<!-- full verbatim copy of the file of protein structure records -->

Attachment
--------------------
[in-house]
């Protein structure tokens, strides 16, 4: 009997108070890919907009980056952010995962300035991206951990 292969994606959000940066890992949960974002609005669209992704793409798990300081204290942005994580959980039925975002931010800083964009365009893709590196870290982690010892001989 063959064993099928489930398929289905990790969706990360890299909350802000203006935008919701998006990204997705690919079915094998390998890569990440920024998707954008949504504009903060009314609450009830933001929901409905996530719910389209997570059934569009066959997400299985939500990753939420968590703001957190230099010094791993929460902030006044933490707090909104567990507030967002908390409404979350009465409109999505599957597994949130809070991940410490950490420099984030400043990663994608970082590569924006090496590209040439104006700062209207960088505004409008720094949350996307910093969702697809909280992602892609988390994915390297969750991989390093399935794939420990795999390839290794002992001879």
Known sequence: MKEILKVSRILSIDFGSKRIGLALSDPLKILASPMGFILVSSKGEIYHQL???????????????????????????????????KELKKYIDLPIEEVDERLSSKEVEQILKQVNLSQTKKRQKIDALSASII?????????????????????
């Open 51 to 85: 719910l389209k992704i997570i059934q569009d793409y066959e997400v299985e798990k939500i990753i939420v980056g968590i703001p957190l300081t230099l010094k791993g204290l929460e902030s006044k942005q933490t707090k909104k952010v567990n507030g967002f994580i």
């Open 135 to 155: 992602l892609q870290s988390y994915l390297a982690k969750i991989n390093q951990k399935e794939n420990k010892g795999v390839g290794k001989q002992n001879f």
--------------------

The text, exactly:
[in-house]
């Protein structure tokens, strides 16, 4: 009997108070890919907009980056952010995962300035991206951990 292969994606959000940066890992949960974002609005669209992704793409798990300081204290942005994580959980039925975002931010800083964009365009893709590196870290982690010892001989 063959064993099928489930398929289905990790969706990360890299909350802000203006935008919701998006990204997705690919079915094998390998890569990440920024998707954008949504504009903060009314609450009830933001929901409905996530719910389209997570059934569009066959997400299985939500990753939420968590703001957190230099010094791993929460902030006044933490707090909104567990507030967002908390409404979350009465409109999505599957597994949130809070991940410490950490420099984030400043990663994608970082590569924006090496590209040439104006700062209207960088505004409008720094949350996307910093969702697809909280992602892609988390994915390297969750991989390093399935794939420990795999390839290794002992001879």
Known sequence: MKEILKVSRILSIDFGSKRIGLALSDPLKILASPMGFILVSSKGEIYHQL???????????????????????????????????KELKKYIDLPIEEVDERLSSKEVEQILKQVNLSQTKKRQKIDALSASII?????????????????????
């Open 51 to 85: 719910l389209k992704i997570i059934q569009d793409y066959e997400v299985e798990k939500i990753i939420v980056g968590i703001p957190l300081t230099l010094k791993g204290l929460e902030s006044k942005q933490t707090k909104k952010v567990n507030g967002f994580i």
């Open 135 to 155: 992602l892609q870290s988390y994915l390297a982690k969750i991989n390093q951990k399935e794939n420990k010892g795999v390839g290794k001989q002992n001879f």